North Hollywood, CA, June 21, 2012—The International Myeloma Foundation (IMF)—the oldest and largest foundation dedicated to improving the life and care of myeloma patients—says patients backed by leading medical experts are pressing for access to much-needed new therapies as drug and drug-use submissions meet with different responses from regulatory bodies this week.
“In myeloma patients resistance to current drugs develops, and without new drugs—and new ways to use existing drugs—patients with a deadly disease can be left with no options,” says Susie Novis, President and Co-founder of the IMF. “Current drugs have made a dramatic improvement in the length and quality of life for patients, but we have yet to find a cure, making new treatments essential.”
In the U.S. an FDA advisory panel showed strong support for carfilzomib despite safety concerns after an impassioned plea by IMF representatives including myeloma patient Michael Tuohy: "Side effects don't scare me. I can deal with them. The alternative is death."
However, in Europe an EMA decision about approval of REVLIMID in newly diagnosed patients and for maintenance use, has been delayed while regulators wait for longer-term follow-up from studies in this setting.
Brian G.M. Durie, M.D., Chairman and Co-founder of the IMF says this points to the need for a new approach to evaluating treatment options. “Studies show REVLIMID maintenance demonstrated unprecedented progression free survival, PFS. This means patients live better. We believe it is also an indication that patients will live longer, a trend we are seeing already with this treatment. We hope regulators will gain confidence in the value of long-term progression free survival in deciding about new treatment regimens.”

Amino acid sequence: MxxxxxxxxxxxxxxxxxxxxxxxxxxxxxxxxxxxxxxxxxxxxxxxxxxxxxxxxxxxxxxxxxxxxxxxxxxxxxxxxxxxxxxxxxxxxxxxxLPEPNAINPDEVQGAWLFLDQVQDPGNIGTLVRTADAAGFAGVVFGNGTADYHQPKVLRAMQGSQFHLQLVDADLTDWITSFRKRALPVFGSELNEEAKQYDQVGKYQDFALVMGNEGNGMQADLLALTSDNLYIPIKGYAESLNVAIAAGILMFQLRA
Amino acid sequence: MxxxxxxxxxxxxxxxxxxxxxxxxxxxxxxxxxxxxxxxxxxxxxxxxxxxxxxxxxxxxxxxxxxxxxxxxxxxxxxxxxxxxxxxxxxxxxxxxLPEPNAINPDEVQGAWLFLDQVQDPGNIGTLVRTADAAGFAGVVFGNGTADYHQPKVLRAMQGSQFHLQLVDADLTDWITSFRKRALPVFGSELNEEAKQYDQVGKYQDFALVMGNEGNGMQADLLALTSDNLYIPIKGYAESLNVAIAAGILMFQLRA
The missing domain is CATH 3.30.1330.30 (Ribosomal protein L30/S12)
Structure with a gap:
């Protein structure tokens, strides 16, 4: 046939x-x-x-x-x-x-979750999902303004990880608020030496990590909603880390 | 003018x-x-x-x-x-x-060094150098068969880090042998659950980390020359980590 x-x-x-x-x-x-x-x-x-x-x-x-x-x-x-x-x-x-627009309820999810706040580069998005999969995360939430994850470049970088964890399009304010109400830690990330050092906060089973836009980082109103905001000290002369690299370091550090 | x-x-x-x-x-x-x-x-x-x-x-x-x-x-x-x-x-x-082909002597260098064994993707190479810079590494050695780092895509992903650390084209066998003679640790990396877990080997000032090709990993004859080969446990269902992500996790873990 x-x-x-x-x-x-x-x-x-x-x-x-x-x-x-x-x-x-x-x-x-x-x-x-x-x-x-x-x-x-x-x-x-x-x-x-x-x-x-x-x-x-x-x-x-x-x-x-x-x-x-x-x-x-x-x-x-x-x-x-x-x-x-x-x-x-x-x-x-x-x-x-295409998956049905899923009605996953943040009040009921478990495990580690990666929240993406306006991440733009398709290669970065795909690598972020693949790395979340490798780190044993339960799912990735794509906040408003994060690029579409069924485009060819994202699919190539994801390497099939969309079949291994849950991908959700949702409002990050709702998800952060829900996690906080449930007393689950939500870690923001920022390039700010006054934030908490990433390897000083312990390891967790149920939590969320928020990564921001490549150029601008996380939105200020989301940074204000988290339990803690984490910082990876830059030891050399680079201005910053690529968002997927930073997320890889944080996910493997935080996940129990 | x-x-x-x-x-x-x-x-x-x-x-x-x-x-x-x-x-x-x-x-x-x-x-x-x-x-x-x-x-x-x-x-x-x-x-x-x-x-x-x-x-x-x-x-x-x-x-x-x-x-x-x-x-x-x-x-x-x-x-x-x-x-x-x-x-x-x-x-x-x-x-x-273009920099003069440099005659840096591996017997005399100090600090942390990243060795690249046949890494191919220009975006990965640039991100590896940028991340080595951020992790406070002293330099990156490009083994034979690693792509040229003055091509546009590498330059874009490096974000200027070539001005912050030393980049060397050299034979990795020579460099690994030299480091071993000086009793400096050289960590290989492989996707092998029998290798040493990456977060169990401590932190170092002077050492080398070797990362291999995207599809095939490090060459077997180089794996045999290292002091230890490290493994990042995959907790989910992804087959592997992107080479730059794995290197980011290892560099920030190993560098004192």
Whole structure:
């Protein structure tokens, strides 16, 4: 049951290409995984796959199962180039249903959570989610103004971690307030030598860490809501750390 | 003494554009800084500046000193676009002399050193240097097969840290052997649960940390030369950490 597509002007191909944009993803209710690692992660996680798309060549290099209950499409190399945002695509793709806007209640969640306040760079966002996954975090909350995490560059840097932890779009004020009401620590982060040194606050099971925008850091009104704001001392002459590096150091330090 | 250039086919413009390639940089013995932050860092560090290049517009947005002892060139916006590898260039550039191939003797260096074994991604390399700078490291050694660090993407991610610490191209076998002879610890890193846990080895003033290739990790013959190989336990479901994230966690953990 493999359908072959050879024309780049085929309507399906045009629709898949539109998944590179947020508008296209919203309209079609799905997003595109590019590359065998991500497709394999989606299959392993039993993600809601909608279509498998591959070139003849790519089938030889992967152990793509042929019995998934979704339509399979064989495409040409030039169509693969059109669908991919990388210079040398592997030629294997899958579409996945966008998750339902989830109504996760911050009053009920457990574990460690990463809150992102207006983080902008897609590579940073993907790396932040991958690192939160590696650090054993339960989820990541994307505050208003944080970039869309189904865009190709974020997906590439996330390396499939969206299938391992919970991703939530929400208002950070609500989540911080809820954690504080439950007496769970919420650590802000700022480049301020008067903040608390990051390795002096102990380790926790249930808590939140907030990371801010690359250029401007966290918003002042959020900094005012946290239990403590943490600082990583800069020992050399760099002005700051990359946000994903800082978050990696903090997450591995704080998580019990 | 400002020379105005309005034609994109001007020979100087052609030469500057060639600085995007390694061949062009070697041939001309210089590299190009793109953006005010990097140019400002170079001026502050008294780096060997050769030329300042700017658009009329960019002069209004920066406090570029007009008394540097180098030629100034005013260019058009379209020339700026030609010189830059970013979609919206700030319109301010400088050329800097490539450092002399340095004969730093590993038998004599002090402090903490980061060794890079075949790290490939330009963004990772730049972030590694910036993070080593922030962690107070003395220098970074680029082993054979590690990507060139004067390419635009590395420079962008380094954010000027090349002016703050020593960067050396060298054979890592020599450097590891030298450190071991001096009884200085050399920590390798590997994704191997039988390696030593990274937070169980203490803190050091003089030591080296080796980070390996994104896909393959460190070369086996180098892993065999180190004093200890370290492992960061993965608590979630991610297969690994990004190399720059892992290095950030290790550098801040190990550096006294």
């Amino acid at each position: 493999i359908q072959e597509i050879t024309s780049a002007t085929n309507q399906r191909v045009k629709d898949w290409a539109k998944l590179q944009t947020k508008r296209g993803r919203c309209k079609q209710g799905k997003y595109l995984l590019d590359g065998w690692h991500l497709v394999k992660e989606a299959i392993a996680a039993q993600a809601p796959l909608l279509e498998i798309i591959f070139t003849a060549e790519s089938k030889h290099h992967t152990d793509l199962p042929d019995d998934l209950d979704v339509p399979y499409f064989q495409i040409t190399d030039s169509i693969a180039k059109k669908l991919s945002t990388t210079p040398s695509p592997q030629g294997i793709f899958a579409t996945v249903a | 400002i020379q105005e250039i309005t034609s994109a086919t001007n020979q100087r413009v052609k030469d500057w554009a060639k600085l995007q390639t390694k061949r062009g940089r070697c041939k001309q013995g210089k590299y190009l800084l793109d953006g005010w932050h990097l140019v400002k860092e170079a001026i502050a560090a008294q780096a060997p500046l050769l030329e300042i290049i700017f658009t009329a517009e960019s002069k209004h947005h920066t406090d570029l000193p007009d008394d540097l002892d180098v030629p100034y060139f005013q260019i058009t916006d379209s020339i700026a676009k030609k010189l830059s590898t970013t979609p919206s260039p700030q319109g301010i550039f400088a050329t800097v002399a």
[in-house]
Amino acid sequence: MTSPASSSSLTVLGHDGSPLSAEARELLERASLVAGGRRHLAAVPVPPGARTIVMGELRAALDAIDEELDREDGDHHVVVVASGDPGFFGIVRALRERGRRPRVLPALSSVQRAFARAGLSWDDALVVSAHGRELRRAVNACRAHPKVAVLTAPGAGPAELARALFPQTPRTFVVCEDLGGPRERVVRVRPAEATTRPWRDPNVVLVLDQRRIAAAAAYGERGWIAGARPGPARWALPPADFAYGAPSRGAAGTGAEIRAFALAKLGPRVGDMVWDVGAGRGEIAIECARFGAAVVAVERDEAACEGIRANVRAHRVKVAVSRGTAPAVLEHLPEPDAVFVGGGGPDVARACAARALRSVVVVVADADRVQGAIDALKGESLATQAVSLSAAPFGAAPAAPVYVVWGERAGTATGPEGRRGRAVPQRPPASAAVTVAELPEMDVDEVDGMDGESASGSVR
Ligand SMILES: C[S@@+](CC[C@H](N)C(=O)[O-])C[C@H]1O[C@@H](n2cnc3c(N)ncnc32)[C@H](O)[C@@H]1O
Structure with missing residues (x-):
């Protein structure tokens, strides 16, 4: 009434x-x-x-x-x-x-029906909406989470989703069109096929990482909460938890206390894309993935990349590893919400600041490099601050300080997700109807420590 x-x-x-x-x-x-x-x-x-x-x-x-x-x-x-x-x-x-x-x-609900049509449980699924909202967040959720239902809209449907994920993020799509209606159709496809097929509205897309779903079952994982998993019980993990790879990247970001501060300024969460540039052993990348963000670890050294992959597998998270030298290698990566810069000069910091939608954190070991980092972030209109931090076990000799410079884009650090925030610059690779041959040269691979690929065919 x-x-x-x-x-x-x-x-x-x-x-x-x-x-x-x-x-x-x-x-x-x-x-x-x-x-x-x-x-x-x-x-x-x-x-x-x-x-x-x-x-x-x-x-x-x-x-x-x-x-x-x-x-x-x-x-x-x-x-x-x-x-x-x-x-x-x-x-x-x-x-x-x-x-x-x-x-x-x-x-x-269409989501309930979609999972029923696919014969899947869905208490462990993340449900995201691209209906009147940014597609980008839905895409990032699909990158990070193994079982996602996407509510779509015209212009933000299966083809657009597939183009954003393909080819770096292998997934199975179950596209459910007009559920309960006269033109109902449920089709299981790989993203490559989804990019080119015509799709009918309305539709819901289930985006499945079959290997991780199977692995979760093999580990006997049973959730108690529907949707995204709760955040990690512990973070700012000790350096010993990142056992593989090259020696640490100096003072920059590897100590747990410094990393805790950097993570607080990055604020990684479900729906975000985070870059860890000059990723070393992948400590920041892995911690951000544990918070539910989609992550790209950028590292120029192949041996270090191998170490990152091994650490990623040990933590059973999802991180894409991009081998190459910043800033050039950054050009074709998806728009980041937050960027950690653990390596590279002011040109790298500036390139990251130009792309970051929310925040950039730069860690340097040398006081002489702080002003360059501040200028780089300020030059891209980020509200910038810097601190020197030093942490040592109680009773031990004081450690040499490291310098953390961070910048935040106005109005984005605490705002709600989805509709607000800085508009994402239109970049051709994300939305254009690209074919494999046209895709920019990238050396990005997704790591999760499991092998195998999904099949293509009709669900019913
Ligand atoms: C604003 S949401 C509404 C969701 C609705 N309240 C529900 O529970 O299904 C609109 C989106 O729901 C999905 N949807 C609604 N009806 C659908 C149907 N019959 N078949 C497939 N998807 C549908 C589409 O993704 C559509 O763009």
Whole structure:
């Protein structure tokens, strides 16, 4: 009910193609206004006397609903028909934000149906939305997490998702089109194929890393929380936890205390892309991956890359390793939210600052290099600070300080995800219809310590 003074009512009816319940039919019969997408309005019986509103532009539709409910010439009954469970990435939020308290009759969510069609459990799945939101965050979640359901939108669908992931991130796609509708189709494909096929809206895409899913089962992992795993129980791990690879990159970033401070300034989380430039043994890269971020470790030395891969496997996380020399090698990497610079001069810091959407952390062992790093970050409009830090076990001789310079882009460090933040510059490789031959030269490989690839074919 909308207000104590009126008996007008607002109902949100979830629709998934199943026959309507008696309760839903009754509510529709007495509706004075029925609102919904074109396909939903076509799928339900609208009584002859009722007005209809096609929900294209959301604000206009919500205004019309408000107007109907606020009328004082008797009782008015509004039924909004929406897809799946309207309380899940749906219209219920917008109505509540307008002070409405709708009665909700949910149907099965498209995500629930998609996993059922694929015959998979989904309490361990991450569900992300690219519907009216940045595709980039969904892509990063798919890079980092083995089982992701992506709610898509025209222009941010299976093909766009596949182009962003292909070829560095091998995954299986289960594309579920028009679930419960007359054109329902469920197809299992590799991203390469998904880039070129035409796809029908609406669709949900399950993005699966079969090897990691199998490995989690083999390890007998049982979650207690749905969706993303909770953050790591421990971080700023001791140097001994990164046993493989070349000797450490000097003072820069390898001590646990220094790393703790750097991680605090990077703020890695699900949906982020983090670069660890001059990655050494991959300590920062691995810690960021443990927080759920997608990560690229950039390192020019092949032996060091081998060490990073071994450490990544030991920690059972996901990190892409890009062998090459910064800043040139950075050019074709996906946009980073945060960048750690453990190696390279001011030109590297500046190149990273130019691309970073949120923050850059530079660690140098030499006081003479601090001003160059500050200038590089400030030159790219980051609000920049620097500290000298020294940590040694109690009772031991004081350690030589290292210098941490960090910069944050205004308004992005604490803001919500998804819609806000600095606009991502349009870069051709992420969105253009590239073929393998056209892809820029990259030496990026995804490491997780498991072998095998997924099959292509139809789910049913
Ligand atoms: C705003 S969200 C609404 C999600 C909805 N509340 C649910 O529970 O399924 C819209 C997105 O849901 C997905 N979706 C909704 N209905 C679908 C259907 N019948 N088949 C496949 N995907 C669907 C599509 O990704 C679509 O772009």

Regarding a third drug, pomalidomide, a new drug application has been accepted by the FDA in the U.S., and a similar application for pomalidomide has been submitted to the EMA in Europe. Both carfilzomib, to be marketed as KYPROLIS, and pomalidomide would be used for patients after multiple previous therapies have stopped working. They could become the first new drugs approved for myeloma in six years.
Myeloma, also called multiple myeloma, is a cancer of cells in the bone marrow that affect the immune system and can damage bone. It is increasing in numbers and is becoming more common in younger patients with possible links to environmental toxins. Recently, myeloma was added to the list of cancers covered in people exposed to the aftermath of the 9/11 terror attacks.
ABOUT THE INTERNATIONAL MYELOMA FOUNDATION
Celebrating its 21st anniversary, the International Myeloma Foundation is the oldest and largest myeloma organization, reaching more than 215,000 members in 113 countries worldwide. A 501 (c) 3 non-profit organization dedicated to improving the quality of life of myeloma patients and their families, the IMF focuses on four key areas: research, education, support, and advocacy. To date, the IMF has conducted more than 250 educational seminars worldwide, maintains a world-renowned hotline, and established the International Myeloma Working Group (IMWG), a collaborative research initiative focused on improving myeloma treatment options for patients. The IMF can be reached at (800) 452-CURE (2873). The global website is www.myeloma.org.